Aaron Stone, chairman of the Cowichan Valley Regional District, invites the public to have their say in the development of the district’s new regional Official Community Plan. (File photo)

CVRD looks for public input on first regional official community plan

Online survey now available

Want to help shape the future of your community?

People living in the nine electoral areas of the Cowichan Valley Regional District are being asked to do just that.

The district is inviting residents of its electoral areas to join the conversation about its regional harmonized Official Community Plan by participating in an online questionnaire through PlaceSpeak that is available on the CVRD’s website.

“The Cowichan region is changing and population growth, an evolving economy and a changing climate require regional coordination and local action,” a CVRD press release said.

“To support this coordinated effort, the CVRD is updating its OCP, the main tool guiding how we use land and shape our communities. The OCP guides planning for our nine electoral areas.”

RELATED STORY: NORTH COWICHAN WANTS REGIONAL GROWTH STRATEGY TO CURB URBAN SPRAWL

Aaron Stone, chairman of the CVRD, said the CVRD began this process by “harmonizing” its existing electoral area OCPs into one regional OCP, and is now moving towards modernizing that OCP to address regional trends.

He said the result of this process will be a regional OCP that will set the foundation for the Cowichan Valley to be an attractive place to live, work, and play for years to come.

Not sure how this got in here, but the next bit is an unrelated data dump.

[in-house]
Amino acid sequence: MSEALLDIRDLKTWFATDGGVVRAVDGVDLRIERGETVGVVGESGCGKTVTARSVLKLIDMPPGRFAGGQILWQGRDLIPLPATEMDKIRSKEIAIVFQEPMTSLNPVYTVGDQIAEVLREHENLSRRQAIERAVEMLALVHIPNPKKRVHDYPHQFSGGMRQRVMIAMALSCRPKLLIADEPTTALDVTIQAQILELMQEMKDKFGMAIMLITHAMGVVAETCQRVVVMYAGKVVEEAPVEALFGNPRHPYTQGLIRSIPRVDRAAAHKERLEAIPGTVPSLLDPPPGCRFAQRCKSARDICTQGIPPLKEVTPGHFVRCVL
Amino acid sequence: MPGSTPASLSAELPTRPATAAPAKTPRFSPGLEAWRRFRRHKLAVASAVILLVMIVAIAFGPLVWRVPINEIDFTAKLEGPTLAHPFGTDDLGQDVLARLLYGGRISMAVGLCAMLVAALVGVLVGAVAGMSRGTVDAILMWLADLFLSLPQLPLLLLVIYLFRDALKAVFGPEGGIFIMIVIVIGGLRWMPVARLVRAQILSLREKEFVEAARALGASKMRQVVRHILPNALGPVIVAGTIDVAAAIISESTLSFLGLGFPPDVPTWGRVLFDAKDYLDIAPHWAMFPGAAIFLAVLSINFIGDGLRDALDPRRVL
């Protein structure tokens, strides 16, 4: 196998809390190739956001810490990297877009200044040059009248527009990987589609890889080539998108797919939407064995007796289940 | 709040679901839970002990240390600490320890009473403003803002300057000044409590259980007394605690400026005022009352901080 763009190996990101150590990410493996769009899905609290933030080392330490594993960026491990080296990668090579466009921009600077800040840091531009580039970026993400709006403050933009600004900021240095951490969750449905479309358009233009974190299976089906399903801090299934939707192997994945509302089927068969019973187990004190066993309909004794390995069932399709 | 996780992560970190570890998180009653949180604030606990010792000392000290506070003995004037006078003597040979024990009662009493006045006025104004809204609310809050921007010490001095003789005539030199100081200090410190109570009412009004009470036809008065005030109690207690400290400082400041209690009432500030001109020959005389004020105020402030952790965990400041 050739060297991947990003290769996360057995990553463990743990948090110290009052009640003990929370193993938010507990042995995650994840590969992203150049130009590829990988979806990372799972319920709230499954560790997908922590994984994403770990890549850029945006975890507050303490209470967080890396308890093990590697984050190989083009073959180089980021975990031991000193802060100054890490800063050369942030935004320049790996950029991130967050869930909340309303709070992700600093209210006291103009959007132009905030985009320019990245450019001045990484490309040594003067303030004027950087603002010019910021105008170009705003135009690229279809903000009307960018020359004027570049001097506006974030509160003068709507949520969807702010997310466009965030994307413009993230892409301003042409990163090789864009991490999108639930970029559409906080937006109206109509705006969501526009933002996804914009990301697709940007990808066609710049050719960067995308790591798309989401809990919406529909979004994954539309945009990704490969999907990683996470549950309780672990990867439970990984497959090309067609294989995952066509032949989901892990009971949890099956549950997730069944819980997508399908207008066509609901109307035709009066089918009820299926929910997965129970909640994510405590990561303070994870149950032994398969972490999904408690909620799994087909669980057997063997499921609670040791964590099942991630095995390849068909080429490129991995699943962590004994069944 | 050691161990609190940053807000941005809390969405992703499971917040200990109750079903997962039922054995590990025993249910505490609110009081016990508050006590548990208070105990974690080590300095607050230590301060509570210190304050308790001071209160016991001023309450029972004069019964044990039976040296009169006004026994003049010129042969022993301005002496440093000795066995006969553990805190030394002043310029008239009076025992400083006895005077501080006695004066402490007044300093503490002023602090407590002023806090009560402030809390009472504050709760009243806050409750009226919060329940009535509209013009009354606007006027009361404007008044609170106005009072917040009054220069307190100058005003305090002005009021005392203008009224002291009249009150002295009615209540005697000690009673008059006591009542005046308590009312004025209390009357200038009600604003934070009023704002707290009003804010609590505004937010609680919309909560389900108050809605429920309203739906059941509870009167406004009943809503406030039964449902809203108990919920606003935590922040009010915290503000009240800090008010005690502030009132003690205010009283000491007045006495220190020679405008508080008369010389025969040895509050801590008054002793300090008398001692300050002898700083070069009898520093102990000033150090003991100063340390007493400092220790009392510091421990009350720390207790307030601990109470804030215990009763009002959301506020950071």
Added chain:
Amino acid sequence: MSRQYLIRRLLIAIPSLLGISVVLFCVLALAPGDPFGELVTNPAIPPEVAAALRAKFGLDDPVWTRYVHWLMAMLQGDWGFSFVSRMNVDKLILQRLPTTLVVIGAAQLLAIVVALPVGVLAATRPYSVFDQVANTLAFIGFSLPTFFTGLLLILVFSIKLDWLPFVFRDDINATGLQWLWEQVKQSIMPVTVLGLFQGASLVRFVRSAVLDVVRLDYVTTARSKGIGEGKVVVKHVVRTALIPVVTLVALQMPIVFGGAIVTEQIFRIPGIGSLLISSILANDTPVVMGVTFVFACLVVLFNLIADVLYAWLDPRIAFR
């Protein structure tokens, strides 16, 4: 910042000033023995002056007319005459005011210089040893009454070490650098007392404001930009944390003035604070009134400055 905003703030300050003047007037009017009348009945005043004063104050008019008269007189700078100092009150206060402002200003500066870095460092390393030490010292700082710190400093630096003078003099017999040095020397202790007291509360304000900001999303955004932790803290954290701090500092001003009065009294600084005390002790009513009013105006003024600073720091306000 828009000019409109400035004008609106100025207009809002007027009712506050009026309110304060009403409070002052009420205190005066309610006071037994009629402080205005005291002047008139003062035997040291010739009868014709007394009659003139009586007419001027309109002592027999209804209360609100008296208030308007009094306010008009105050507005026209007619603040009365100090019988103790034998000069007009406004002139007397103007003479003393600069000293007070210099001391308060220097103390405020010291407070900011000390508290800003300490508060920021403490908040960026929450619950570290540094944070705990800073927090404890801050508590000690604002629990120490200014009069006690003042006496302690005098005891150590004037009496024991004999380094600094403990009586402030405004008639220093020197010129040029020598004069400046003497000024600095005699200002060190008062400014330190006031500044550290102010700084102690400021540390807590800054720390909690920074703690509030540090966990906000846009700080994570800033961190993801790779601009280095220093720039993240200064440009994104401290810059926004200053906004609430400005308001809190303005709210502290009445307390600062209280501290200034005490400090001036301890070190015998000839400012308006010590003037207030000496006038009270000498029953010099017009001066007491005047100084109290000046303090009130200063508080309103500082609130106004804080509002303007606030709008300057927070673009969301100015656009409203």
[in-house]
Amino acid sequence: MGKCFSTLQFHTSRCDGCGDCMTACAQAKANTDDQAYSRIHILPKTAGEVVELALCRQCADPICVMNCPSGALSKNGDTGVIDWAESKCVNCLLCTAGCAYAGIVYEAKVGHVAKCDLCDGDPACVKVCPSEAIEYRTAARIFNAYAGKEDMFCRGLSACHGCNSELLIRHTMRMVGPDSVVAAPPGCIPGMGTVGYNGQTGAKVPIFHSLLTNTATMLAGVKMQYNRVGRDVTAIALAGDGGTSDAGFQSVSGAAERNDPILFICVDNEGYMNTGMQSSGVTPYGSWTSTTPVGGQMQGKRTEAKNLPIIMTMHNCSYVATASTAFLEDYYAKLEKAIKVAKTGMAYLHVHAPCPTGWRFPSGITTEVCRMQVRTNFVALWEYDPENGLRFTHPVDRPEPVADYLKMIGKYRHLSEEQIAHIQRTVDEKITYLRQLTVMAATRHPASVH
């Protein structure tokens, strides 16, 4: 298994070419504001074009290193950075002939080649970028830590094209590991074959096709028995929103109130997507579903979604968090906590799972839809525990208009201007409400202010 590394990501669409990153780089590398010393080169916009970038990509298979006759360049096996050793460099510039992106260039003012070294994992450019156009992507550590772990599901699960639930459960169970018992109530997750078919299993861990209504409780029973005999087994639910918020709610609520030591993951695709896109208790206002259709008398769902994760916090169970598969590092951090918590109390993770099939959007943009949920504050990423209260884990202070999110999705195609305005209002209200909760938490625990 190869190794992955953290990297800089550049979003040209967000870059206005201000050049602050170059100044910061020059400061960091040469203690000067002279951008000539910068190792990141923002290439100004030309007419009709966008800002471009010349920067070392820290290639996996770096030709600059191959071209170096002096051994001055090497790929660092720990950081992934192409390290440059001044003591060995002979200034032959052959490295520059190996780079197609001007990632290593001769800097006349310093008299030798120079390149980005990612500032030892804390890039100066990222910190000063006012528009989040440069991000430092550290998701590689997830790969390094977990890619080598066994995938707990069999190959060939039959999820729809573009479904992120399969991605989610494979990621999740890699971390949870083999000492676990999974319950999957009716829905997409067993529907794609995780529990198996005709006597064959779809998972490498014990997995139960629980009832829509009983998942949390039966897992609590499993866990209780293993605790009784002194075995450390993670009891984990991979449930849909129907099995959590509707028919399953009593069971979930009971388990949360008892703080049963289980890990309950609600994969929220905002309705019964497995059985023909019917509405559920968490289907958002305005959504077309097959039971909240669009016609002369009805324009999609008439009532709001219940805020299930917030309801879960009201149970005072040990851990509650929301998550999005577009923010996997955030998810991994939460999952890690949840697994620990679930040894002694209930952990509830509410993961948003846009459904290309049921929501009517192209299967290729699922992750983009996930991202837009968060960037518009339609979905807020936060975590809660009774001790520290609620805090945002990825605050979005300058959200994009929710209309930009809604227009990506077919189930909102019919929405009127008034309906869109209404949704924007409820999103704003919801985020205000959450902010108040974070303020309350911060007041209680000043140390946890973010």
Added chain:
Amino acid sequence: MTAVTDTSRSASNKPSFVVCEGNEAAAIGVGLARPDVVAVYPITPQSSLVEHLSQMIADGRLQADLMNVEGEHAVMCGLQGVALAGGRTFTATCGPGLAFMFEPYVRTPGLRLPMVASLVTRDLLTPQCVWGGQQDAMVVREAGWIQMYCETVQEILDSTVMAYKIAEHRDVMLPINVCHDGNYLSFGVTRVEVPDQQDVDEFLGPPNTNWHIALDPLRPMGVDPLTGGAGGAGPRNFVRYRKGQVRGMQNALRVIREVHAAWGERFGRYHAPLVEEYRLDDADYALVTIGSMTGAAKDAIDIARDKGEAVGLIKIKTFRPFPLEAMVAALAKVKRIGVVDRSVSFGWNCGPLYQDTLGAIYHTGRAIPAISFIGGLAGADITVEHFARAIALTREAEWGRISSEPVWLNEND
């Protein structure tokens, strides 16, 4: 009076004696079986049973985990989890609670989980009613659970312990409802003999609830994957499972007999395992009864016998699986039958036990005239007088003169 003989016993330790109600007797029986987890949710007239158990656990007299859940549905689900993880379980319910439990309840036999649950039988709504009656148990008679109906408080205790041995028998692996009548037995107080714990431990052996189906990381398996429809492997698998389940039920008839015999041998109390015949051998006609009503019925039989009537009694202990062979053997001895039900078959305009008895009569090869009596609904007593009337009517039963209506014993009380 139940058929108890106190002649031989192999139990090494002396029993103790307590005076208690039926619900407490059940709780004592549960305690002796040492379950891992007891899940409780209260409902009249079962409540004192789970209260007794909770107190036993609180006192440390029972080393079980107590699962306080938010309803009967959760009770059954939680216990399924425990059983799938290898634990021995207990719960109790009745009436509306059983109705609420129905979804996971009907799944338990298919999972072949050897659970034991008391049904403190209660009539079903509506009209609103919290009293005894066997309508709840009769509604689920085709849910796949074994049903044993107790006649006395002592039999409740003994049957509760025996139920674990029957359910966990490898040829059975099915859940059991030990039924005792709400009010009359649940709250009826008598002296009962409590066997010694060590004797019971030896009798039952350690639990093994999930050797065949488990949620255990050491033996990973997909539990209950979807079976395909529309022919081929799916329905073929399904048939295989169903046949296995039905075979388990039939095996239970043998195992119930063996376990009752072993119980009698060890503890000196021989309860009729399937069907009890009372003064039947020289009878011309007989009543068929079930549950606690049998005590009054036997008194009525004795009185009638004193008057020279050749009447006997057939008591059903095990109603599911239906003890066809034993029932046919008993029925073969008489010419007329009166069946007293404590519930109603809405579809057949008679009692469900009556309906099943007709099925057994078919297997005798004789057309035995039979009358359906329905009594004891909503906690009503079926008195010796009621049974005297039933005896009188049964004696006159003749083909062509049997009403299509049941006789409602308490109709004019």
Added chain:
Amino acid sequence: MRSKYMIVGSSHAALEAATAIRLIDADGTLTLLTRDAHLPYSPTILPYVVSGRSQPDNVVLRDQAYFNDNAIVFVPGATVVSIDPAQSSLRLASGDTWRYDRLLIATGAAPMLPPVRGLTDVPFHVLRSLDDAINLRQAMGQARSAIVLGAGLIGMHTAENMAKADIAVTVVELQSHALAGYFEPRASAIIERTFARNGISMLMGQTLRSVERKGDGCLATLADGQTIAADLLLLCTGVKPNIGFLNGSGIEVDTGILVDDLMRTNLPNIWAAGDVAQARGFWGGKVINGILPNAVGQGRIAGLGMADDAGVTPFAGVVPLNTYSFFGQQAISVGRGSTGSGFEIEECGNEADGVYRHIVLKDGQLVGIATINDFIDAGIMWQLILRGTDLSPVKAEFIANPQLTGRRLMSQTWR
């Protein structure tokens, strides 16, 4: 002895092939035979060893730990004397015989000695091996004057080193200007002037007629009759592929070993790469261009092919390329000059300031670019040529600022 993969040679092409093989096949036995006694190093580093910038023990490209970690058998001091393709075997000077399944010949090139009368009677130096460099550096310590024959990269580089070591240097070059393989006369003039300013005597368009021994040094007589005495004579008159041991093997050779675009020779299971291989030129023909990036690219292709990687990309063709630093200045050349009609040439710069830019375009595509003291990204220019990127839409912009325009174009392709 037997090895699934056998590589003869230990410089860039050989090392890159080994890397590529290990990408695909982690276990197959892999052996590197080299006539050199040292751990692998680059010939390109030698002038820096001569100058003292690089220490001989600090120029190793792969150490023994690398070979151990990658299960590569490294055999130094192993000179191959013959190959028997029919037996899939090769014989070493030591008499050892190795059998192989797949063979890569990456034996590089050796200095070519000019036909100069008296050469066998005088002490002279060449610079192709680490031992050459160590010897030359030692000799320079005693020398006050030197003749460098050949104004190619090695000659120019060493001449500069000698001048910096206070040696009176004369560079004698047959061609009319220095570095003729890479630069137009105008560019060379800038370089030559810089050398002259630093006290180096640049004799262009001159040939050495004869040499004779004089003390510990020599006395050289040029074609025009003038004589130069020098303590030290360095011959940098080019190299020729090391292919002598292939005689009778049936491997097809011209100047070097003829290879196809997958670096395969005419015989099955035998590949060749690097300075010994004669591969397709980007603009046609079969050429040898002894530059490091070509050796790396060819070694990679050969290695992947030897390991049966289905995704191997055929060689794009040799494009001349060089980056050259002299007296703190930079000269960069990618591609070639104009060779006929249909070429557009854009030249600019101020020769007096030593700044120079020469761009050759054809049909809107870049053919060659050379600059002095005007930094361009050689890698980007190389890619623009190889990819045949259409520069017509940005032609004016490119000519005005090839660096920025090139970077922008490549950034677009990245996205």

This regional OCP does not cover the four incorporated areas in the district (City of Duncan, District of North Cowichan, Town of Ladysmith and Town of Lake Cowichan) which each have their own OCPs.

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Stone said four well-attended open houses were also held on the issue across the nine electoral areas in February.

“The meetings were opportunities for a good engagement with the public,” he said.

“People are excited about the process.”

Stone said his perception is that the directors of the nine electoral areas are “on board” with the regional and harmonized OCP, as long as the unique characteristics of their individual areas continue to be recognized.

“There may have been a push in the past to make all areas the same in the OCP, but in the current process, there will still be local area plans and those areas will be treated as unique. Once we have completed the harmonization of the OCP, then we’ll concentrate on the local area plans.”

All of the input the CVRD receives through the public engagement process will be recorded in an engagement report that will be presented to the CVRD board.



robert.barron@cowichanvalleycitizen.com

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